The Food and Drug Administration’s (FDA) alleged withholding of ractopamine information from the public has prompted the filing of a lawsuit by food safety advocates. The FDA lawsuit specifically notes the use of an additive commonly utilized within the meat industry that is banned in more than 160 countries in the legal proceedings.
Ractopamine is used as a feed additive to “promote leanness in animals raised for their meat. Pharmacologically, it is a beta-adrenergic agonist.” The controversial additive is developed by Elanco Animal Health, a division of Eli Lilly and Company, for use in food animals for growth promotion. If Natural News statistics are accurate, ractopamine is currently present in 80 percent of the cattle and pig farming operations in the United States. The FDA lawsuit was filed in the US District Court for the Northern District of California and raises concerns about both animal and human safety if the growth drug is allowed to remain in use in the United States. The Animal Legal Defense Fund (ALDF) and Center for Food Safety (CFS) co-filed the suit.
The growth hormone is reportedly addictive and is known as a beta-agonist. Countries which do not allow the use of the drug in animals includes the European Union, Taiwan, China and Russia. In the United States the drug is sold under the names Topmax for turkeys, Paylean for pigs, and Optaflexx for cows. While the effects of ractopamine on animals is already known, the potential impact on human beings remains a mystery. One European study found that the growth hormone caused increased heart rates and “heart-pounding sensations,” according to the Center for Food Safety. One participant in the study reportedly dropped out of the focus group due to the adverse effects on the individual’s health.
The Animal Legal Defense Fund and the Center for Food Safety requested documents which analyze, document or otherwise address the physiological and/or behavioral effects of ractopamine from the Food and Drug Administration. The federal agency reportedly has approximately 100,000 pages of information about the growth drug, but has denied access to more than 464 pages of materials. The lack of transparency and willingness to release vital details about the drug prompted the filing of the FDA lawsuit. The same pages were reportedly released previously in response to a journalist’s Freedom of Information Act request. Why they are now being withheld and if the reporter is willing to share the stack of information with the groups, remains unknown.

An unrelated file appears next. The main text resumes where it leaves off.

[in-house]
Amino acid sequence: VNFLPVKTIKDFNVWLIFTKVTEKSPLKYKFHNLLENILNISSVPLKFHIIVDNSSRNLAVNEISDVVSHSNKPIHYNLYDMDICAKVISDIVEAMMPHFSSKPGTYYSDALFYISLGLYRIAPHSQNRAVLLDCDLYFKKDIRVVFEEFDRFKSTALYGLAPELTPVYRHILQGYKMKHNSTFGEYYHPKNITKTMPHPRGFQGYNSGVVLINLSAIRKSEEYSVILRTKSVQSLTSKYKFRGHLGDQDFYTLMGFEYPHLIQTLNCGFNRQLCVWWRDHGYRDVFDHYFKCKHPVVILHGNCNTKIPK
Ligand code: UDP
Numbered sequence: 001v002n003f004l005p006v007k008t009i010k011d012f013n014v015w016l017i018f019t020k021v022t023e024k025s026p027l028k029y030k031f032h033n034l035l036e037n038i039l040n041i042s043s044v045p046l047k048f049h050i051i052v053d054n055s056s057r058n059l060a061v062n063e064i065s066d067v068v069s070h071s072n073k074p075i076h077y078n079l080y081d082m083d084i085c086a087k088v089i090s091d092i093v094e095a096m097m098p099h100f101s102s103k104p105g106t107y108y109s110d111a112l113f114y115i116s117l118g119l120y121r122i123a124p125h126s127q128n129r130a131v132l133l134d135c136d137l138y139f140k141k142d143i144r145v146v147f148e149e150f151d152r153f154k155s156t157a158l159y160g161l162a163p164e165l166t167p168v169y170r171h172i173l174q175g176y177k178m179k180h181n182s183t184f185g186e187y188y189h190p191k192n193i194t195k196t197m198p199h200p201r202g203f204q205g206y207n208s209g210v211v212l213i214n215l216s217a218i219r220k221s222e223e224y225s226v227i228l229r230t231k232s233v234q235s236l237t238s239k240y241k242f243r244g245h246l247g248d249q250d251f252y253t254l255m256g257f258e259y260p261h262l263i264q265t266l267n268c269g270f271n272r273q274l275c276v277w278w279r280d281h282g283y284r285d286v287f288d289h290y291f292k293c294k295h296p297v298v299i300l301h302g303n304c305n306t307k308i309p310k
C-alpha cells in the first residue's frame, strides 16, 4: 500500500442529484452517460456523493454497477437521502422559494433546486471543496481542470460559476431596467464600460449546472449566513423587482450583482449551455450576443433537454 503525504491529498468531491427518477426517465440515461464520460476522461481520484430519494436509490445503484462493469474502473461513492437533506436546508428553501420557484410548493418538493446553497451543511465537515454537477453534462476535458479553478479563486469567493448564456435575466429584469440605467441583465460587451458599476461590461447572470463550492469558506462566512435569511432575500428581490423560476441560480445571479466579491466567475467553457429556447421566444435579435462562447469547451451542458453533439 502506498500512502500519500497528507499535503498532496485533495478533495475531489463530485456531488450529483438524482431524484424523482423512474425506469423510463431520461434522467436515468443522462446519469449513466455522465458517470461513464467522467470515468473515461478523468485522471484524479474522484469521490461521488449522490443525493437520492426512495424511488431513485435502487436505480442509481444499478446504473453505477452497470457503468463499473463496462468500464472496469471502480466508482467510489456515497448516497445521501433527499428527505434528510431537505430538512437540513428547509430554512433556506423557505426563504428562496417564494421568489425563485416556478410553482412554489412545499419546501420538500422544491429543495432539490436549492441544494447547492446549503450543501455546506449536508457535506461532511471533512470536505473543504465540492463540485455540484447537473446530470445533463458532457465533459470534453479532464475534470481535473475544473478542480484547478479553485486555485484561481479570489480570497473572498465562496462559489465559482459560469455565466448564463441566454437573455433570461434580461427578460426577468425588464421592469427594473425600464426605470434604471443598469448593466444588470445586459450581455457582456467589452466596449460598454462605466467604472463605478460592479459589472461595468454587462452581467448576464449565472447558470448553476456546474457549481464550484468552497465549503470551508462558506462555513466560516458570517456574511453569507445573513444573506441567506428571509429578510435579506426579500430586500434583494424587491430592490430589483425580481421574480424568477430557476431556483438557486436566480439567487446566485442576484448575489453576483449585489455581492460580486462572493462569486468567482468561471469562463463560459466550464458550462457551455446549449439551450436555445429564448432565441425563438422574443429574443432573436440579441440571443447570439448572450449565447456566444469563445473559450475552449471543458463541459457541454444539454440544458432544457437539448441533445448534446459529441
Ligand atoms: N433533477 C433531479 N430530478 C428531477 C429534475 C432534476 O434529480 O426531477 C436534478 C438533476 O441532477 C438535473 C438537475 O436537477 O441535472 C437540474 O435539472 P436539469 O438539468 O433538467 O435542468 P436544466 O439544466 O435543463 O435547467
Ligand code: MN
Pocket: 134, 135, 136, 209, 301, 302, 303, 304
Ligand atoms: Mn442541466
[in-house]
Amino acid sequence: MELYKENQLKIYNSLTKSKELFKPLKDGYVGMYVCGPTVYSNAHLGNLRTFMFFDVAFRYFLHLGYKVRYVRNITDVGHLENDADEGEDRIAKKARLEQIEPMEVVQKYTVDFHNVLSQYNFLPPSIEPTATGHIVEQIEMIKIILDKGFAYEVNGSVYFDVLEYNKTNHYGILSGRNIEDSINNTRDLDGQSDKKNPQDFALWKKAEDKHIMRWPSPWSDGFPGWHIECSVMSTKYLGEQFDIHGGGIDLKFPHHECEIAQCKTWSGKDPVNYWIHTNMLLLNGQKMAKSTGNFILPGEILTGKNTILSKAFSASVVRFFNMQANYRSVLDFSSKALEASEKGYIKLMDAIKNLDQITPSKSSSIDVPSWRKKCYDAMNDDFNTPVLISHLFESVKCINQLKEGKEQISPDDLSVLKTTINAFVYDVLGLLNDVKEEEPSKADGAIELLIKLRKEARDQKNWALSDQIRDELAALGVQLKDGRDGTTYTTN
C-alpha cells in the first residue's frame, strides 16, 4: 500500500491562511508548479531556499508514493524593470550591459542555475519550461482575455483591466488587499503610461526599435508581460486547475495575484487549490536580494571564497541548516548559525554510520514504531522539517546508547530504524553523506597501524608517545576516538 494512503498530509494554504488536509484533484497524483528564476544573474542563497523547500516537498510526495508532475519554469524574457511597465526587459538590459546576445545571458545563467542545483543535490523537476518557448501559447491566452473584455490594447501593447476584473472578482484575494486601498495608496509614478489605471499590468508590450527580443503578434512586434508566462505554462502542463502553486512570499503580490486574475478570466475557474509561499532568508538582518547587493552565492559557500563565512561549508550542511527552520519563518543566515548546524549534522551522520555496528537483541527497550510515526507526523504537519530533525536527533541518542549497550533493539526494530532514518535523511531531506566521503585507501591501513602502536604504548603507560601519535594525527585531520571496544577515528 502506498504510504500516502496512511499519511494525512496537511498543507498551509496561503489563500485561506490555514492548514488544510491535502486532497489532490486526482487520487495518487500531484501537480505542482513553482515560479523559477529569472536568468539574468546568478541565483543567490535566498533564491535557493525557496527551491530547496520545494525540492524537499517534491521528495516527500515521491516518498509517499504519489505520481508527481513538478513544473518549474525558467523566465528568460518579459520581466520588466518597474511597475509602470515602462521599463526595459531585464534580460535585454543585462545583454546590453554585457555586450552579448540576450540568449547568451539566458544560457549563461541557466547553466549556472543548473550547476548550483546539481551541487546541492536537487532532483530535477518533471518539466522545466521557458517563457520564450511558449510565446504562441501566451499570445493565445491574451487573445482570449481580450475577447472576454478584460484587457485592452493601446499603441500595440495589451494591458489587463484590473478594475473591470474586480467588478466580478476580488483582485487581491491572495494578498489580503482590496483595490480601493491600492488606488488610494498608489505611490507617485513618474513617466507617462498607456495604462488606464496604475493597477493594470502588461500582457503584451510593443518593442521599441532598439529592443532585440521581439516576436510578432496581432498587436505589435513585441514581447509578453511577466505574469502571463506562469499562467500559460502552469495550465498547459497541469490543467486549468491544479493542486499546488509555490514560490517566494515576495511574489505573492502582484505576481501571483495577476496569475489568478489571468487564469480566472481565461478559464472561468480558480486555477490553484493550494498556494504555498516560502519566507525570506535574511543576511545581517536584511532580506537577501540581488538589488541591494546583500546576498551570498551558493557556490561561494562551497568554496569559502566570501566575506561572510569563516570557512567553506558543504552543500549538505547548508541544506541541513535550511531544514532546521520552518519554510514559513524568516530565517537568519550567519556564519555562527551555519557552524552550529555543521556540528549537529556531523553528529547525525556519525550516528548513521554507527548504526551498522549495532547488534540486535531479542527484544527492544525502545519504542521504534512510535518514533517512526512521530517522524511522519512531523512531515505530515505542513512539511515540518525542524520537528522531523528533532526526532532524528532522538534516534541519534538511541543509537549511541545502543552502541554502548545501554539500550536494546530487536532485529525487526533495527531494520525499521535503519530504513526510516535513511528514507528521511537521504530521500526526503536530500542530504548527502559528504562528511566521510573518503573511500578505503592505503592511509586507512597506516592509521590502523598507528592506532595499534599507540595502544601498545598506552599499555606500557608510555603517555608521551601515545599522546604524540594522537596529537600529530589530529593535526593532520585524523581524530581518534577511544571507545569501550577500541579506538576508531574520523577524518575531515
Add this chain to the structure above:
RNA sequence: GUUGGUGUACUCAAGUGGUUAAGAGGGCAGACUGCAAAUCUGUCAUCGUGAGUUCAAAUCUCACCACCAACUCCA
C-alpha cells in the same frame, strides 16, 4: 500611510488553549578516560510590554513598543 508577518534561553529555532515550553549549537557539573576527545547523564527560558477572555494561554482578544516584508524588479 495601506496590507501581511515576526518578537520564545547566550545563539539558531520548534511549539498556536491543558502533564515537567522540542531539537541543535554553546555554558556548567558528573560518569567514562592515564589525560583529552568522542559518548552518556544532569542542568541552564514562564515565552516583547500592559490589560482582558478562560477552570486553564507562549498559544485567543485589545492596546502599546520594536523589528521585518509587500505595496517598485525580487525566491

Additional ractopamine studies have reportedly found that the drug has caused enlarged hearts, rapid heartbeats, and birth defects in animals. A report in Countryside magazine referenced multiple cases of pigs becoming so weak they could no longer walk and having their hooves fall off after being given the growth hormone. A Canadian study found that monkeys given ractopamine developed daily tachycardia and rats on the growth drug developed birth defects like short limbs, protruding tongues, missing digits, cleft palate, an enlarged heart and open eyelids.
The Cornucopia Institute had this to say about ractopamine:
Two cousin drugs of ractopamine, clenbuterol and zilpaterol, cause such adrenalin effects in humans they are banned by the Olympics. Cyclist Alberto Contador failed a Tour de France anti-doping test in 2010 for levels of clenbuterol which he said he got from eating meat. Clenbuterol has been banned or restricted in meat after human toxicities.
The Talanta chemistry journal noted after the incident that the use of highly active beta-agonists as growth promoters was not appropriate because of the “potential hazard for human and animal health.”
The Animal Legal Defense Fund and the Center for Food Safety spent more than 18 months meeting and communicating with the FDA in their attempt to garner the missing 464 pages of information about ractopamine. An excerpt from the lawsuit say the two groups requested details about the effects of the growth drug on “target animal or human liver form and function, kidney form and function, urethral and prostate effects, and tumor development.” If the growth drug used by the majority of livestock producers could cause a negative impact on any of the organs or bodily functions noted in the FDA lawsuit, the public has a right to know, the groups say.
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